On stage one, competitors will taste a bit of the Old West and engage in some Cowboy Action Shooting. Sponsored by Taylor’s and Company, this stage has shooters scooping up a coach shotgun to engage multiple targets, then transitioning to another table where they’ll pick up a lever-action rifle to nail more distant targets. They’ll finish my unloading a single-action revolver at five additional targets.
Stage three offers competitors a taste of the brutal Bianchi Cup format, with shooters engaging moving targets using a Sig Sauer 1911. Three shots per target, with four passes each, completes a string. After a “sighter” run, competitors will complete two strings of fire from 20 and 25 yards.
When organizers talk about testing competitors across all shooting disciplines, they mean it. Stage five has shooters firing a Beretta Silver Pigeon 12 gauge over/under shotgun at 25 targets from a 5-Stand setup.
Smallbore rifle is represented on Stage seven, presented by Kahr Firearms Group. Using a Magnum Research MLR22AT outfitted with a Vortex Sparc II optic, competitors will engage NRA A-31 targets from a range of 50 yards.
Stage eight will be familiar territory for 3-gun competitors. Running and gunning with a shotgun, modern sporting rifle, and pistol, shooters will engage an extravaganza of 20 different steel targets with all three guns.
Distance anyone? You might like the DMR challenge on stage 10. Starting from a standing position, shooters will drop to a kneeling position and engage steel targets ranging from 500 to 600 yards downrange.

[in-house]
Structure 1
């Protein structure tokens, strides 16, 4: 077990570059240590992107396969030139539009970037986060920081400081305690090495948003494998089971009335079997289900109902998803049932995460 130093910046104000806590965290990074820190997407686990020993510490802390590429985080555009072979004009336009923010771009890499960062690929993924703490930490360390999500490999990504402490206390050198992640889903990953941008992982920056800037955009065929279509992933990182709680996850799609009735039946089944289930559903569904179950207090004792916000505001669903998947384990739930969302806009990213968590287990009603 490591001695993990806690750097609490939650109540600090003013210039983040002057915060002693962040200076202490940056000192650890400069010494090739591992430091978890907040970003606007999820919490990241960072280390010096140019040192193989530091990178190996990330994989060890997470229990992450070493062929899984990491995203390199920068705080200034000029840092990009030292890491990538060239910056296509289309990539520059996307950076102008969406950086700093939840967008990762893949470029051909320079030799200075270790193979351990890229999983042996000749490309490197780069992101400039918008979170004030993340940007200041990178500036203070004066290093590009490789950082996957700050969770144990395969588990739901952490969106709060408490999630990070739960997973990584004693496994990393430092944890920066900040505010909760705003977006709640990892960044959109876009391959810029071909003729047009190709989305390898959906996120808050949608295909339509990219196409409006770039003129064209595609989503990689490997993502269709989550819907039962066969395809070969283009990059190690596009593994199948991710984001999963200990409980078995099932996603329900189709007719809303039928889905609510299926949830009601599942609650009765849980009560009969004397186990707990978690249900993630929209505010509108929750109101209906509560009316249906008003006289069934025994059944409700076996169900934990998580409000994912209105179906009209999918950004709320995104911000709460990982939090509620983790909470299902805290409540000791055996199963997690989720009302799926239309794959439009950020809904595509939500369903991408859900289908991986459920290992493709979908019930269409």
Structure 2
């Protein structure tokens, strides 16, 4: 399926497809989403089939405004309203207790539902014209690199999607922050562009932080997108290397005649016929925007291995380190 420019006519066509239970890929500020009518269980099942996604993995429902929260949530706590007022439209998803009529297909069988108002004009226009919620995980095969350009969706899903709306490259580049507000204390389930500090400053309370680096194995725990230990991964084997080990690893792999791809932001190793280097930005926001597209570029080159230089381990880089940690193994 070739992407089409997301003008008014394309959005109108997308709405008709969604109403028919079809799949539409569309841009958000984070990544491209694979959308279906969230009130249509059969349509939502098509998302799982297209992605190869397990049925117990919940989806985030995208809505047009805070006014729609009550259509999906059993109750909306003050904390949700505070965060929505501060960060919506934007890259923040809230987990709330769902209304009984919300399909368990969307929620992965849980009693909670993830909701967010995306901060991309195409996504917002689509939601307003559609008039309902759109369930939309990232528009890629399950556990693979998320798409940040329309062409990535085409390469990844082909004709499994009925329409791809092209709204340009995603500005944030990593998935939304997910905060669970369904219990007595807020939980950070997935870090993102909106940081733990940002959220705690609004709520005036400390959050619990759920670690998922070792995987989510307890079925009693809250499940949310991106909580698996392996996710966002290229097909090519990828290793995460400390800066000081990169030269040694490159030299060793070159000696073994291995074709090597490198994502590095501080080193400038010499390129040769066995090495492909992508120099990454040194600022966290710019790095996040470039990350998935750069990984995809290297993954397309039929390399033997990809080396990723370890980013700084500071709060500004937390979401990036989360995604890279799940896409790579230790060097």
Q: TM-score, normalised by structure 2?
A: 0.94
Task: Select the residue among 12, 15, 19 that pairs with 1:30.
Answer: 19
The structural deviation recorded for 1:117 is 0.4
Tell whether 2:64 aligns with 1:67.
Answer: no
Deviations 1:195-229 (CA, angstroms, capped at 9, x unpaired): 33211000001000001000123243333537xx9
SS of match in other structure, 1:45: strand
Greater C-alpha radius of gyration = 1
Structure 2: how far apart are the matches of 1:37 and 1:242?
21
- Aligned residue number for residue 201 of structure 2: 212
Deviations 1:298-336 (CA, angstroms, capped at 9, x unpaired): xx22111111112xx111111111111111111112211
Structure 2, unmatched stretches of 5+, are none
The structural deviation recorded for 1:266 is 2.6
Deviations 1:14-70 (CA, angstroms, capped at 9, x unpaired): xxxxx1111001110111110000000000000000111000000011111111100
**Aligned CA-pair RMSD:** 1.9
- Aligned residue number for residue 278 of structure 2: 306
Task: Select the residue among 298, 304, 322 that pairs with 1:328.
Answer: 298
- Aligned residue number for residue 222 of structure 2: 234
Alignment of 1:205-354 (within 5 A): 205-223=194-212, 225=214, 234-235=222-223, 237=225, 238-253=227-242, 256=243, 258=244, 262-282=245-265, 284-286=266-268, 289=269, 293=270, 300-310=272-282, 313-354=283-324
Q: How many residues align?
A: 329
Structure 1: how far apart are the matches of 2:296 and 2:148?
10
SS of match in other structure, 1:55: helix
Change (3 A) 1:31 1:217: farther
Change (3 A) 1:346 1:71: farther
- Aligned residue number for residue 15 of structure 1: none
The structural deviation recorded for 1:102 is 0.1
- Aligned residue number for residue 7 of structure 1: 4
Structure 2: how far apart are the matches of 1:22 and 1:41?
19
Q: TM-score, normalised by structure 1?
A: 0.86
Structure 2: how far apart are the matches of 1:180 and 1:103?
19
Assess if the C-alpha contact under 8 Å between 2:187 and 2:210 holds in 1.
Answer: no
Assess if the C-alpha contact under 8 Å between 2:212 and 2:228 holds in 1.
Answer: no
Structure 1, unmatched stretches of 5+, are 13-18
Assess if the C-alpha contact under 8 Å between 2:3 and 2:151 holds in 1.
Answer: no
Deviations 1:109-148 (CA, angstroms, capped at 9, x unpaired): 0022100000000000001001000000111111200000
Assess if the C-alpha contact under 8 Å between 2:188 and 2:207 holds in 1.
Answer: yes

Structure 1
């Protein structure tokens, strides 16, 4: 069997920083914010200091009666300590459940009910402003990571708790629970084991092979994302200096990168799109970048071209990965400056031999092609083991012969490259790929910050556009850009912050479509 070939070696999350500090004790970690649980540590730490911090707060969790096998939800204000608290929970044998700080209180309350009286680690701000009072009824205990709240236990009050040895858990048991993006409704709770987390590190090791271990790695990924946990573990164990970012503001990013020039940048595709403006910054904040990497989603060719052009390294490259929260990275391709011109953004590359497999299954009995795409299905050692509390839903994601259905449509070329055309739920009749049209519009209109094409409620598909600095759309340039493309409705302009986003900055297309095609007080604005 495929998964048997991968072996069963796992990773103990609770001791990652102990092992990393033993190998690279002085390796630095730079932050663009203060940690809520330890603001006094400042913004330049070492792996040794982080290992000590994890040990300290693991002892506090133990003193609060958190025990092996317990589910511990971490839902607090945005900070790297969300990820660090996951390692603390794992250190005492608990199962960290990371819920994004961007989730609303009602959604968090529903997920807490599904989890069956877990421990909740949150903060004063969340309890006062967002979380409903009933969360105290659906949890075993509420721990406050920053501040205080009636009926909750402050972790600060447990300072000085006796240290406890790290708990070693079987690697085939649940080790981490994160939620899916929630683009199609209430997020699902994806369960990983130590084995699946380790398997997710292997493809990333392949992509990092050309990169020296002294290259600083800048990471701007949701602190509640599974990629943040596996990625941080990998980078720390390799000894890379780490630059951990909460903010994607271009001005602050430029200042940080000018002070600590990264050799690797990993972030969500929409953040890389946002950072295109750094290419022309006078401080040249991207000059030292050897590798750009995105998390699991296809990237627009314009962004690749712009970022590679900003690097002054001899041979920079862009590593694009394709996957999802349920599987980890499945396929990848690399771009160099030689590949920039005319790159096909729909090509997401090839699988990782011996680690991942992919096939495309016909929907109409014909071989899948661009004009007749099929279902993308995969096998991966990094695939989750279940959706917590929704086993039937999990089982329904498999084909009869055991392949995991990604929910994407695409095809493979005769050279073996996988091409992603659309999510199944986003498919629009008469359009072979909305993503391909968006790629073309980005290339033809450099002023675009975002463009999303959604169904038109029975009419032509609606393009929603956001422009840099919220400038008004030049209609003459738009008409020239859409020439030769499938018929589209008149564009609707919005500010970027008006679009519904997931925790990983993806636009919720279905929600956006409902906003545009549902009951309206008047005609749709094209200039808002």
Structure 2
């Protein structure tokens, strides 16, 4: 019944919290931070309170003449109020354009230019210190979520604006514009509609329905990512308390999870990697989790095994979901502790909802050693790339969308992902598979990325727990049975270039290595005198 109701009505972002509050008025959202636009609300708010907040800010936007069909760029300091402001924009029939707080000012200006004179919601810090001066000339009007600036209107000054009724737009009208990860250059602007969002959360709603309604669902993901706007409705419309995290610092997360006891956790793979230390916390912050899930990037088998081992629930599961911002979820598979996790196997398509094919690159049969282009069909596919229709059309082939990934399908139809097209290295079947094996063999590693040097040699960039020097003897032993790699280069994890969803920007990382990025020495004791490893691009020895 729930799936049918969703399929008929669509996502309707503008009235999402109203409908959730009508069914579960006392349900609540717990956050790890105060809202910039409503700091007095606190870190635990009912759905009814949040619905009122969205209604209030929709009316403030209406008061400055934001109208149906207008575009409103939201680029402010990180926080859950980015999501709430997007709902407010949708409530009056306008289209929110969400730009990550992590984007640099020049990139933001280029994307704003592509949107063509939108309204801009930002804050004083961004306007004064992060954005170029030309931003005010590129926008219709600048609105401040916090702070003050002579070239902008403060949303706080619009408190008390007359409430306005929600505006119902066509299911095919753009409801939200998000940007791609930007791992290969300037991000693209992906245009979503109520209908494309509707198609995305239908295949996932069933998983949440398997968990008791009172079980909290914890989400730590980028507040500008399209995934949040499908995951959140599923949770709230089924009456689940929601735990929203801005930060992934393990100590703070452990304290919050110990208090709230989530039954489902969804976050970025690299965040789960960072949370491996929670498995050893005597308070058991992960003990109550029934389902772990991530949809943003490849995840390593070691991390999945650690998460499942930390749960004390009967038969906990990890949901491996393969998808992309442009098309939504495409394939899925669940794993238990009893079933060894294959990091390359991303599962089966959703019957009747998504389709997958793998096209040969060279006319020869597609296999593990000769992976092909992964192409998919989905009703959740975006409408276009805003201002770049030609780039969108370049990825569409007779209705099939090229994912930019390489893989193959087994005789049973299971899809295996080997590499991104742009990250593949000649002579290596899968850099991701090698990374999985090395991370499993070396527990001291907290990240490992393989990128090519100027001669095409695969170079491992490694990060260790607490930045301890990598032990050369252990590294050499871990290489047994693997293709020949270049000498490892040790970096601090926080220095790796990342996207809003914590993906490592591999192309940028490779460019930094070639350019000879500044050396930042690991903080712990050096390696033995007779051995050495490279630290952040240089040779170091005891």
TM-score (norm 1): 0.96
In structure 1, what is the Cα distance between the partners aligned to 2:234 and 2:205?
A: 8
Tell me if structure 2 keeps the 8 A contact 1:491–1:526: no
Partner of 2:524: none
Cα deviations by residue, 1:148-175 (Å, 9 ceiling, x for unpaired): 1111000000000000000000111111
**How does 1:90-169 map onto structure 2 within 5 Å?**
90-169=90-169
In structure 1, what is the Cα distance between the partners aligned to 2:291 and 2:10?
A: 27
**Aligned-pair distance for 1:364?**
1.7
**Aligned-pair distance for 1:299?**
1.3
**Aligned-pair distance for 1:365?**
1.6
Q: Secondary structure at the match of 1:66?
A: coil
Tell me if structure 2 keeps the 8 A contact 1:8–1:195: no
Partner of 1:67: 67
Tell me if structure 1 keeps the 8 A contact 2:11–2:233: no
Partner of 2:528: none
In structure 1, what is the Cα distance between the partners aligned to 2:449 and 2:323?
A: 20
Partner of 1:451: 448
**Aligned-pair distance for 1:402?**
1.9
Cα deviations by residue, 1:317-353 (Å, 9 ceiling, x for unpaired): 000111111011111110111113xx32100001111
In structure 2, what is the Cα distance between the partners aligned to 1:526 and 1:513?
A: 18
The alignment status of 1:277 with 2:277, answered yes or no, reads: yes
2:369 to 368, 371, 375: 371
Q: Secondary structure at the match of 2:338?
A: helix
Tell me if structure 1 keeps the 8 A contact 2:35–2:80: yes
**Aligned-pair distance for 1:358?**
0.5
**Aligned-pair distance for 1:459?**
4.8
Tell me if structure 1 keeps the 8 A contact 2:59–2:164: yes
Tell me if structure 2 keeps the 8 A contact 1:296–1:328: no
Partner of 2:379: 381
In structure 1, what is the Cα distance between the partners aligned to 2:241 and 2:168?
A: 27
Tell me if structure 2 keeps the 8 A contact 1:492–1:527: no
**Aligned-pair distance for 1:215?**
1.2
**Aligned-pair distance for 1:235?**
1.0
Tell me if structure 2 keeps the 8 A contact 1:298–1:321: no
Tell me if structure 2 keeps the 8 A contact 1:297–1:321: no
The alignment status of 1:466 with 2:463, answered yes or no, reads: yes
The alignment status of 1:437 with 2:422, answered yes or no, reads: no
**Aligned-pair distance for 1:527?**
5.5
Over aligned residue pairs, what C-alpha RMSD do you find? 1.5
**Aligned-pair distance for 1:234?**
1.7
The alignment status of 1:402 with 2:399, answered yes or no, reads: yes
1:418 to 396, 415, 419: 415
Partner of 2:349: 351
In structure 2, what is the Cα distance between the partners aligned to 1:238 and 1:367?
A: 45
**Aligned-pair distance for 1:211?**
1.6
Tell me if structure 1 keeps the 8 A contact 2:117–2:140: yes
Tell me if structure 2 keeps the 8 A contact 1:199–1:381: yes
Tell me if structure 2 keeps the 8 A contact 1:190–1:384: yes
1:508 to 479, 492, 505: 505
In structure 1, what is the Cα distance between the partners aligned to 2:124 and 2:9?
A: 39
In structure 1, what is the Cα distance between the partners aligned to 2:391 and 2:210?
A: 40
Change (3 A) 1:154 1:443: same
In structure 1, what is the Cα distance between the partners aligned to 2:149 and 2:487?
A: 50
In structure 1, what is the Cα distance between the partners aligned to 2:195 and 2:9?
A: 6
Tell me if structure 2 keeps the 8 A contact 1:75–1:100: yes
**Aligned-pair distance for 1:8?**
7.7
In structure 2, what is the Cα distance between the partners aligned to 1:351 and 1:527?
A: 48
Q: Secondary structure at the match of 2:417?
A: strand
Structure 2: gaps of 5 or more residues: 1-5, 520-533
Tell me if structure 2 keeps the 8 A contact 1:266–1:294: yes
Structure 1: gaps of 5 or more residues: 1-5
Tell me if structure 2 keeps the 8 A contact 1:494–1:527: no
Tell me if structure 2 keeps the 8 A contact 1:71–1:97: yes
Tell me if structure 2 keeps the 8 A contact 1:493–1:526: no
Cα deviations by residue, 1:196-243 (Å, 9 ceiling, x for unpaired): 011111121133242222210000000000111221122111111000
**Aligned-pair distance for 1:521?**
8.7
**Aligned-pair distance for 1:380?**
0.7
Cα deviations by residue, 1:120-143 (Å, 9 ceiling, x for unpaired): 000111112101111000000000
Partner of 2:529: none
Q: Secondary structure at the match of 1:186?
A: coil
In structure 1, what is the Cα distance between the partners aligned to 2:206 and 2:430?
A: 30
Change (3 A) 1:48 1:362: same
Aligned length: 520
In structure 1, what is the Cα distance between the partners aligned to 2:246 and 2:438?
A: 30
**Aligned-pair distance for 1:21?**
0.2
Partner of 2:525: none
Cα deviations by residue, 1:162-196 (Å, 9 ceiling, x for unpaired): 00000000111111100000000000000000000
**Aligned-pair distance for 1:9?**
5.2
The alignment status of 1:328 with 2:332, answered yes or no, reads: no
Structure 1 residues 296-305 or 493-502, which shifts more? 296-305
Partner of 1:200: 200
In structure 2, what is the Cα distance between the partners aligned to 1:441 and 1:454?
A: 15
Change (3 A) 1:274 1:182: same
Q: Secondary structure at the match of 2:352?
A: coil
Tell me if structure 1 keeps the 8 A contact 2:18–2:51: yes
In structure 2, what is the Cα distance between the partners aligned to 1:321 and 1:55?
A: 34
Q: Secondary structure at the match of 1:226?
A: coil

These are just a taste of the skill tests required to win this match. Clearly, excelling in one discipline isn’t going to get one far.
The light and laser show
As if the daytime competitions aren’t enough, competitors can also choose to compete in the dark using lights, lasers, and 3-gun skills. The Starlight 3-Gun Series kicks off when the sun goes down. Inspired by the wildly popular Crimson Trace Midnight 3-Gun Invitational, Starlight aims to continue the night shooting competition at regional events across the country.
As the name implies, it all happens in the dark. As a two-time competitor of the Midnight 3-Gun, I can personally attest to the cool factor of events like it. To find and engage targets, shooters must trick out their pistols, shotguns, and rifles with an array of lights and lasers. Night sights alone aren’t enough, as any given stage might include targets placed in pitch-dark conditions from five to 200 yards away. While it’s a serious competition, it does resemble a rock concert complete with lasers, smoke, and sparks. It’s a must see event.
To kick start the elevation of the World Shooting Championship into the mainstream, the NRA, Magpul, and dozens of other sponsors have really beefed up the awards.
The first-place overall winner will leave with a check for $25,000 and top lady shooter will claim $10,000 in cash. Cash prizes continue through fifth place, with awards ranging from $5,000 to $1,000.
That’s just the tip of the iceberg. The prize table is also big money, with nearly $250,000 worth of guns and gear up for grabs. The better one places, the sooner they get to choose from the prize table.
Remember, that quarter million of cash and gear is only for the World Shooting Championship. Another quarter million is up for grabs for Starlight 3-Gun competitors.
This article was produced in cooperation with the NRA.